[Stackless] tasklets / greenlets vs. threads / microthreads

Christian Tismer tismer at stackless.com
Tue Mar 16 15:37:12 CET 2004

Andy Sy wrote:
> Can someone give a short summary of how tasklets are different from
> microthreads (i.e. what are their pros and cons)?  From what I
> remember with playing around with Will Ware's uthreads module a couple
> of years ago, microthreads offer a very similar interface and
> functionality as normal threads (as the name would imply).
> How do tasklets and greenlets compare to threads/microthreads?  Can they
> be used for the same things?

Microthreads try to behave like threads. This includes
pre-emptive scheduling.

In Stackless 2.0, tasklets could not do pre-emptive scheduling,
because I had no good criterion when to wllow and forbid it.
In Stackless 3.0 it is possible again, since the non-recursive
interpreter calls give me some measure of an "innocent" state.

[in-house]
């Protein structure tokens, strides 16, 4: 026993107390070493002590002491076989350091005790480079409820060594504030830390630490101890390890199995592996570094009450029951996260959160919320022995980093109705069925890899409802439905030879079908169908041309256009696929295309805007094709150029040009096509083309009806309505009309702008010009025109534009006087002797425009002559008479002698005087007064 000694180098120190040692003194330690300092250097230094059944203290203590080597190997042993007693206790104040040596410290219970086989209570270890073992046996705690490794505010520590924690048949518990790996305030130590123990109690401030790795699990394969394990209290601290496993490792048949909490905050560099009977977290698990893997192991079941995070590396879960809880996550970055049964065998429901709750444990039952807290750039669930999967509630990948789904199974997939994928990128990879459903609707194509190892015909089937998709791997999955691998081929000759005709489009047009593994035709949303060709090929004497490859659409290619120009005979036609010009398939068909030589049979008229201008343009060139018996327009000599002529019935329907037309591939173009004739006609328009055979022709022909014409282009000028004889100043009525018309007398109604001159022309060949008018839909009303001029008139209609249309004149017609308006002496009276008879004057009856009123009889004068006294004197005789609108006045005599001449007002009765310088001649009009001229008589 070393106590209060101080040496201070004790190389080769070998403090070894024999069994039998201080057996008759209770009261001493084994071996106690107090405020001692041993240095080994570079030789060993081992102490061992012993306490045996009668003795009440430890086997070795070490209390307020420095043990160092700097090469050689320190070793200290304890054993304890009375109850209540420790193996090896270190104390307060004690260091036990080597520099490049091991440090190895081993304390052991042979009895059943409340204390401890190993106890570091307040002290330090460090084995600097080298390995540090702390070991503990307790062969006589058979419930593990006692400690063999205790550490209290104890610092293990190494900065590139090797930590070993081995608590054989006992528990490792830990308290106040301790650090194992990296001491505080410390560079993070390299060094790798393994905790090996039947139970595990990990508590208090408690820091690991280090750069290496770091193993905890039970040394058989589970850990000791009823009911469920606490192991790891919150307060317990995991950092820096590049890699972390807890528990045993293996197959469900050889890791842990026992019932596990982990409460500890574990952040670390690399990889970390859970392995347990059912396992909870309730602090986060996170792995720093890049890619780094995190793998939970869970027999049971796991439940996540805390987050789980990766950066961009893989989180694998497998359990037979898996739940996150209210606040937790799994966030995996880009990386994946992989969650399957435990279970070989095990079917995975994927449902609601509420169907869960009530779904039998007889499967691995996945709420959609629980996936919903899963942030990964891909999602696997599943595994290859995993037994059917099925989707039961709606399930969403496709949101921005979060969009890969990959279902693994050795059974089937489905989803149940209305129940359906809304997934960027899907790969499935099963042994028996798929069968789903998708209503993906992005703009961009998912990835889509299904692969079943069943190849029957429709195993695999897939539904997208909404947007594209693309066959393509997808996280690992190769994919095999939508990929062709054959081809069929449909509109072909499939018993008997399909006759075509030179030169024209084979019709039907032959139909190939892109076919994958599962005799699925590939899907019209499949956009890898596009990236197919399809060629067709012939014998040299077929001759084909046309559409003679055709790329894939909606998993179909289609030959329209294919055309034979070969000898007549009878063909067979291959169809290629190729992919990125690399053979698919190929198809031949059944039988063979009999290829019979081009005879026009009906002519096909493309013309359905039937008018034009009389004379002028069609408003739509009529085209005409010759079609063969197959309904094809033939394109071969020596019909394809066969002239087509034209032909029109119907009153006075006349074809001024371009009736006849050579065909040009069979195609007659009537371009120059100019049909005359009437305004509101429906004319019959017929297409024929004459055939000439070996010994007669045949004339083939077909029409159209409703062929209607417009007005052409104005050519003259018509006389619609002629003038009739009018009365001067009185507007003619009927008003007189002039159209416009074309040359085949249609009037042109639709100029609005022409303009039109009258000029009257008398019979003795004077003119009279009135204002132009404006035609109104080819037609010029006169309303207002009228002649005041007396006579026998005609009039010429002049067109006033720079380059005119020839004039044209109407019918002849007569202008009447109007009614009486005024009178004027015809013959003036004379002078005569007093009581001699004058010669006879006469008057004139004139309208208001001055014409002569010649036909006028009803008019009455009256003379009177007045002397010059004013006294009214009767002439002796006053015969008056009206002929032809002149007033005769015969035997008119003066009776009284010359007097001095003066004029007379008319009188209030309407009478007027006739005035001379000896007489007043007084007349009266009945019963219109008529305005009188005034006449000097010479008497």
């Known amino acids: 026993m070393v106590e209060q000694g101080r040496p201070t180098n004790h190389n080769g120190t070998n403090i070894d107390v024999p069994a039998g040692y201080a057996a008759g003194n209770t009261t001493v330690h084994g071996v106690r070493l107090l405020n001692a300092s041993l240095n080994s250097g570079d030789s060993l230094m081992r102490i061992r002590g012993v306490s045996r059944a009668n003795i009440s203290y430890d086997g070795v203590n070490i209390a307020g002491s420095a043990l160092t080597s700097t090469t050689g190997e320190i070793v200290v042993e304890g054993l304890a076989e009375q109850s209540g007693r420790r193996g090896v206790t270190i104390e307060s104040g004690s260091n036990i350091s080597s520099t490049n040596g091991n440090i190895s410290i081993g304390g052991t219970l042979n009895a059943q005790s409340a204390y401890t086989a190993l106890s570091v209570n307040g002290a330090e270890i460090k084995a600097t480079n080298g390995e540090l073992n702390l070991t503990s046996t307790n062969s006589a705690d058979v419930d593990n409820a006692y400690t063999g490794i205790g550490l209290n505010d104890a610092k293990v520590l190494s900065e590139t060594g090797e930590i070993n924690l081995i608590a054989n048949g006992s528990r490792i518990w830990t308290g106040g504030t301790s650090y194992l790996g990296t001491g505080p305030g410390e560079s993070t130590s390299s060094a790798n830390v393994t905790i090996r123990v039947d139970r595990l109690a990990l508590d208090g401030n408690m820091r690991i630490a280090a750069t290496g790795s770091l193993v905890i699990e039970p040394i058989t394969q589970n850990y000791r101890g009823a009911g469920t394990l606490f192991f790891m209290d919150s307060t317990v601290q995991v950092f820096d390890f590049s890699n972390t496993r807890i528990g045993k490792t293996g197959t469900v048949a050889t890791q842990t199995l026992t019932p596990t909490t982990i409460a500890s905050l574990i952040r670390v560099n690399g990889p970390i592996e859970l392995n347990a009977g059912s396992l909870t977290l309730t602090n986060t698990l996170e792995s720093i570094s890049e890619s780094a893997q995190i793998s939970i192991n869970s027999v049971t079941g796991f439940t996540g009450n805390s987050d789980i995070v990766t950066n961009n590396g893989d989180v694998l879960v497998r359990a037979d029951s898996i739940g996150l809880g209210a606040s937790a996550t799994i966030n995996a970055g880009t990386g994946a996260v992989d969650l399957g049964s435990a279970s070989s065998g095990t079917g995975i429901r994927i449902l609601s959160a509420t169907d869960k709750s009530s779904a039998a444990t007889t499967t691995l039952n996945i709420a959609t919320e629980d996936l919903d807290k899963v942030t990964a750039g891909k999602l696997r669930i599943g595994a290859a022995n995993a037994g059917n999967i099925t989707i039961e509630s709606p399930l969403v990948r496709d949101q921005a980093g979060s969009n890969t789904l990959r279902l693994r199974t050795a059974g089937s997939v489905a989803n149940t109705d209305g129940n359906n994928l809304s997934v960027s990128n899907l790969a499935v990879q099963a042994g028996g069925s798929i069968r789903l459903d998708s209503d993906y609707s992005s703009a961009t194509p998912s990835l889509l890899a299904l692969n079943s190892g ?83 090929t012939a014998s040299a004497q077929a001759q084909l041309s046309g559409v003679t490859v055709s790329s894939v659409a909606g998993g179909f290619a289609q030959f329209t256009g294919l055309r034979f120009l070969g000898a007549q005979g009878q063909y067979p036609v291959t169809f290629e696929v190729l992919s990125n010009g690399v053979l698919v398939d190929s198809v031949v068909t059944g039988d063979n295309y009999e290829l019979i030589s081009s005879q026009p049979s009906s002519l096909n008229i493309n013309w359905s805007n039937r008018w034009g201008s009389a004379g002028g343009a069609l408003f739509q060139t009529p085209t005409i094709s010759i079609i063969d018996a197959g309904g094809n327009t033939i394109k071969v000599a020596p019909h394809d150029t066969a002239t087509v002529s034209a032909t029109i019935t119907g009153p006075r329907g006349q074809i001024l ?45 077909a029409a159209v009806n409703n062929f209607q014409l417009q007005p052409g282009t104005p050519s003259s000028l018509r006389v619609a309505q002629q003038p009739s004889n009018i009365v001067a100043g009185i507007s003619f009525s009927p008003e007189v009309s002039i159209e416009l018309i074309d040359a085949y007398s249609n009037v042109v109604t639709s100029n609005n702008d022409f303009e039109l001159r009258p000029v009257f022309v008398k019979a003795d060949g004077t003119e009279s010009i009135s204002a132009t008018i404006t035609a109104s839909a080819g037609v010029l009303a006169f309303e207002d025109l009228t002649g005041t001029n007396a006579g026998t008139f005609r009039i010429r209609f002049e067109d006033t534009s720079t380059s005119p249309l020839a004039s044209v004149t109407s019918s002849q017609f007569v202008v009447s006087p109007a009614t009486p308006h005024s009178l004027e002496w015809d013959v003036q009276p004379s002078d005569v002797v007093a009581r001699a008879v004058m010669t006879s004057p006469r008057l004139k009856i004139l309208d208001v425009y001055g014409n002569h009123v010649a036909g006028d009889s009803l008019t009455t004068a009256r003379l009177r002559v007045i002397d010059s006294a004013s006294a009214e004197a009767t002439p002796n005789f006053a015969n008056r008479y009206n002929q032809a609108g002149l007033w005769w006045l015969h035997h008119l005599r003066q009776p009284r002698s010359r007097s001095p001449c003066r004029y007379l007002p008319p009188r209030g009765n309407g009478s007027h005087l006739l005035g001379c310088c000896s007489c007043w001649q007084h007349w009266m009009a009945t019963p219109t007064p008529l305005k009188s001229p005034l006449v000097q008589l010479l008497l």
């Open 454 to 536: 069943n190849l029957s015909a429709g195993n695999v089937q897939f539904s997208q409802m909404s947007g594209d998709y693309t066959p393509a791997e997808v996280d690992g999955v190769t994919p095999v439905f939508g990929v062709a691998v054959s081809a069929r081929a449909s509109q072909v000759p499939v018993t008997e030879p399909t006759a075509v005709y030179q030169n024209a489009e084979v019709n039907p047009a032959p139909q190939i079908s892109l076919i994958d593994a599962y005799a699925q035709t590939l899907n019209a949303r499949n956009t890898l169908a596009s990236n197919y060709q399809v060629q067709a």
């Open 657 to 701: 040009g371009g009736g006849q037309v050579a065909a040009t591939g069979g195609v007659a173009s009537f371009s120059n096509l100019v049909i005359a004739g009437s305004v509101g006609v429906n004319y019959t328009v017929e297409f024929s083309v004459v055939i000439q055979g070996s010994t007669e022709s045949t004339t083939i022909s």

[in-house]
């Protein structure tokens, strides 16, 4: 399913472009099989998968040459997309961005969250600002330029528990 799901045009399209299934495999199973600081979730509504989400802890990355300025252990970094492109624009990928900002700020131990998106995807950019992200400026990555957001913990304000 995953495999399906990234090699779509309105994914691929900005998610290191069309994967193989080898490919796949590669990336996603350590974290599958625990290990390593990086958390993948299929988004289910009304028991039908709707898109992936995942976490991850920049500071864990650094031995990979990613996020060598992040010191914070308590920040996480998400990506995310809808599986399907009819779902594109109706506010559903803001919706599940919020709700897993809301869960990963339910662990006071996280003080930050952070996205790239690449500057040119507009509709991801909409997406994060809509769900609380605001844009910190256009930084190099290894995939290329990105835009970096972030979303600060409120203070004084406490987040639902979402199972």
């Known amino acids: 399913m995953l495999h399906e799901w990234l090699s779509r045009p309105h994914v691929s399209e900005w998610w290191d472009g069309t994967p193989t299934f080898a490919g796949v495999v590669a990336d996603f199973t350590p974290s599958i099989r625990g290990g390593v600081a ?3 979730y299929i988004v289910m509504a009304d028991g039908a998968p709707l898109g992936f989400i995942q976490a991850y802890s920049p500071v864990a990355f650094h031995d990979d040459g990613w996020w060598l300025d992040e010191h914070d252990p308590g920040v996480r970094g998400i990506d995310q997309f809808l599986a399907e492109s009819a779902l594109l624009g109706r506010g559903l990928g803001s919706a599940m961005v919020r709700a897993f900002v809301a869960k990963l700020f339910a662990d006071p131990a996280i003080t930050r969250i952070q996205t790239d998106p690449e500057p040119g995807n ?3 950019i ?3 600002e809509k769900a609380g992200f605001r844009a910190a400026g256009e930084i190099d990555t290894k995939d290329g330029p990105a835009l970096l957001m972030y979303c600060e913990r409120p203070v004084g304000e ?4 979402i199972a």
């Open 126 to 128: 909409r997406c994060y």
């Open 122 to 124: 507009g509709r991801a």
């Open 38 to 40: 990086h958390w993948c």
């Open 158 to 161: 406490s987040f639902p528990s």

Richard Emslie implemented pre-emptive scheduling in the
sprint, and it is of course possible (and a planned task)
to implement microthreads on top of that.

This doesn't mean that I like threads at all, it is just that
people are asking for it. I personally prefer explicit task
switching over implicit, but there are a few applications
which really make sense, for instance, a background task
that automagically saves pickles of a running program,
and yo don't need to change the program for this service.

Tasklets are meant in a way like a simplified subset of
threads, and by design they are chained together into
a circular list for round-robin scheduling.
On the sprint it came up that this is even too much,
and we should have a simpler interface, where tasklets
can be built upon. We had an indea of "corolets", small
coroutine like thingies which just can be switched passsing
a value.

Then the greenlets came up. They basically are these
corolets, but they come together with a new way of how to
hard-switch the C stack, and they generalize the problem
of how to soft-switch at the same time.

Yes, greenlets will be the building block for tasklets
and microthreads.

ciao - chris

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